Aquaman, Mera, and their Aquababy, Pt. 2

As we left off last time, Aquaman and Mera’s son died in a horrible oxygen/reverse-drowning tragedy. Today, we get to see two parents  adjust to the loss of their child, so spoiler alert: it’s going to be a bummer.  But I want you to focus on why I bring this story up: the frustrating nature in which Aquaman’s coping skills vary tremendously with Mera’s — Aquaman’s proud kingly mourning versus the insane irrational rage Mera exhibits.

Look, I don’t do outrage very well.  I don’t like any Facebook political statuses, I don’t chide anyone who says offensive stuff, and I try to live my life through a self-defeated wall of shrugging apathy. I’m doing this as a favor to Modern Mythologies just so I can further get their name out as one of my favorite (and enviable) comic book blogs.  To be fair, I crave attention and I’ll do practically anything anyone e-mails me about, and while I don’t want to take any wind from the sail of Amnesty International‘s 16 Days of Activism Against Gender-Based Violence campaign — which is deadly serious and absolutely needs proper awareness — this is not the type of article I’m particularly good at.  So you and I are going to work together for the next two articles.  I’ll do my best to point out the differences in Aquaman versus Mera and you’ll do your best to understand why Mera’s being unfairly portrayed, how this relates to women in comic book universes, and what you should do to solve this problem.  I know I’m asking way more of you than me, but I already did my part a year ago in my article Nothing romantic about Harley Quinn & Joker.  We’re even now, right?  Please?

We jump to Aquaman’s solo series for a solo Mera story.  Aquababy’s on life support.

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Impossible mission cliché aside, Mera’s more powerful than Aquaman.  She’s stronger than him, faster than him, tougher than him, and she can even make constructs of water (like a wet Green Lantern ring).  What’s Vulko complaining about Mera not being able to handle it?  She’s a superhero. She fights bad guys for a living — think of her more of Xena: Warrior Princess than Queen Elizabeth. Vulko’s just being rude.  I mean, anything Aquaman can do, Mera can do better.  Except peeing standing up.  Or summon fish.  Or join the Justice League.

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The cover of Aquaman #62 is that super famous one I’m sure you’ve seen before.  It’s when covers were not just pictures of the starring superhero lying unconscious in front of a sneering adversary. No, they had stuff like words on them to unnecessarily increase the melodrama to an uncomfortable level of disbelief.  Also, this is the point where Mera starts to lose it.  Watch the difference between her and her husband.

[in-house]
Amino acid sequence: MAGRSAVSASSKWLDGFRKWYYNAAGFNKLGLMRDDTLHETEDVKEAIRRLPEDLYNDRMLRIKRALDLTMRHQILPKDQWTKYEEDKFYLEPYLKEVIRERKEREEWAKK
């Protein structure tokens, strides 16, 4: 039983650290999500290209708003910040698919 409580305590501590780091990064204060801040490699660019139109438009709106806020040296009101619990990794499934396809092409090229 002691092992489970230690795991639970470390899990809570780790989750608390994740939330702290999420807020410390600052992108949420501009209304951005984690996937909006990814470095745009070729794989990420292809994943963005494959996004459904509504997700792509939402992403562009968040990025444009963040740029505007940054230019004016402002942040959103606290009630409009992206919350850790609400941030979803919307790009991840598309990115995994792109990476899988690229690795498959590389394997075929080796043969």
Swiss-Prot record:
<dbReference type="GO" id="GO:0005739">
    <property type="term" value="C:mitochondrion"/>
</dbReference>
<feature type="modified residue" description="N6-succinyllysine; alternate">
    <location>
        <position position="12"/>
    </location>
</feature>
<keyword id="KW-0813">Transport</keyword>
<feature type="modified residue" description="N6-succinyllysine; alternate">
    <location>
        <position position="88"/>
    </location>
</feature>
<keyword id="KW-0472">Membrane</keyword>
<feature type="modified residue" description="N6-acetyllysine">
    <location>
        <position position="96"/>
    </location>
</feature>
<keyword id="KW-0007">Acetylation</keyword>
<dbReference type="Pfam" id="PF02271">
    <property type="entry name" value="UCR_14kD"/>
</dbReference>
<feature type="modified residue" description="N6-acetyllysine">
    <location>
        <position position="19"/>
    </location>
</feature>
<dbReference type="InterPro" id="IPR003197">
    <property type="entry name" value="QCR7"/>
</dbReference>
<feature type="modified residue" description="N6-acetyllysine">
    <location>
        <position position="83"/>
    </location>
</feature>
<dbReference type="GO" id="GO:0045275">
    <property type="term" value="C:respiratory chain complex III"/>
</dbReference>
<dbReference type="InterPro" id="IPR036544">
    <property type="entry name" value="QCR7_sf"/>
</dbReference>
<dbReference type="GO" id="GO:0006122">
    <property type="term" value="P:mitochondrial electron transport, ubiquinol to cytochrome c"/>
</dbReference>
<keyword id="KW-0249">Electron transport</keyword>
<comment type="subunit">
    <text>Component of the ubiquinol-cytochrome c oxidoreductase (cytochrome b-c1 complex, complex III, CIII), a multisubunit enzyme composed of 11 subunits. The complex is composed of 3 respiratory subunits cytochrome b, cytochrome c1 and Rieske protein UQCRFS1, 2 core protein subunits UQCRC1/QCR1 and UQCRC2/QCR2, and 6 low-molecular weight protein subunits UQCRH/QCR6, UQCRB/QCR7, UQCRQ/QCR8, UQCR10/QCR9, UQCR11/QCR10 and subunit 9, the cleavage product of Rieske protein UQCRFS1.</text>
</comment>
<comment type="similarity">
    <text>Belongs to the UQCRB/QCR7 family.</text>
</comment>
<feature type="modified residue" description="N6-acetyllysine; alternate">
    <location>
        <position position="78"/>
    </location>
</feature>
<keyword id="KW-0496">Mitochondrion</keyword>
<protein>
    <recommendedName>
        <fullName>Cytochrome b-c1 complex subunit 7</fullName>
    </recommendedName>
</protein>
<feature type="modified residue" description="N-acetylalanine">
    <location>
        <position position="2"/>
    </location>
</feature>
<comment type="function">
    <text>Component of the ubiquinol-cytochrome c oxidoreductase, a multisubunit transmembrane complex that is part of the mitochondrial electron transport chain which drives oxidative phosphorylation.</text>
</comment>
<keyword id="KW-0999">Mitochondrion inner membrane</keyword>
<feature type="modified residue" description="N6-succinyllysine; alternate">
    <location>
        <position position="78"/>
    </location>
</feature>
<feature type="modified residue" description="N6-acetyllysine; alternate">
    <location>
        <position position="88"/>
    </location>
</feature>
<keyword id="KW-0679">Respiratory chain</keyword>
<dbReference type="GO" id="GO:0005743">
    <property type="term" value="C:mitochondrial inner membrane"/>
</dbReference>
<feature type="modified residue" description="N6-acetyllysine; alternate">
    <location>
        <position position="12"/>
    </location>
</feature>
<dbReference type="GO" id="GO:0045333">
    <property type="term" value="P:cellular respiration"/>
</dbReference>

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So why’s Mera the one going crazy and not Aquaman?  Let’s knock out all the reasons.  First, DC superheroes don’t have flaws (except Batman who has enough for the rest of them).  Aquaman lacks the character weaknesses necessary for him to go emotionally off-the-wall.  Seriously, Superman, Wonder Woman, The Flash, Green Lantern, Aquaman — they don’t have the crippling personality issues that Marvel’s superheroes do, and DC (somewhat appropriately) places their superheroes high above both the morality and physicality of normal people.  It’s the definition of a superhero.  Second, imagine if Aquaman threatened to kill his wife.  Blamed her for killing their child.  Began to strangle her.  His series would be cancelled overnight now much less in the 1970s.  It has to be his supporting cast — and a female — if domestic abuse is to be tolerated by readers.

Now take that previous scene and compare it to Aquaman’s mourning method.

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The only difference is that despite Aquaman’s incredible surge of emotions, he doesn’t lose control. Nope, he’s the Eminem of underwater ocean kings who dress like seaweed.  For our ending today (everything goes to hell next time) — there’s only one thing that upsets me about their (brief) reconciliation: Aquaman never apologizes.  He never so much as admits a fraction of regret that Aquababy’s death was his fault.  That Mera’s fragile emotional state was somewhat caused by his actions.  That he did anything but act as the most perfect superhero of all time.  Even Superman feels guilt, and he’s practically a god.

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I’m stopping here because so does Aquaman’s solo series (after the finale next issue) for eleven years.  The divorce of Aquaman and Mera due to her irrational behavior takes a decade break between stories.  Next time, we time warp to 1989, riding the dark gray flood of grit and misery that so defined that era of comics.  Sorry for a second time.

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2 Comments on “Aquaman, Mera, and their Aquababy, Pt. 2”

  1. FuryOfFirestorm says:

    This was one of the reasons Aquaman left the JLA shortly after disbanding the Satellite team and forming the Detroit JLA. He couldn’t juggle his responsibility as both King of Atlantis and leader of the JLA, alongside the dissolution of his relationship with Mera and the grief from his son’s death.

  2. […] Arousing Grammar Aquaman, Mera, and their Aquababy, Pt. 1 and Pt. 2 […]


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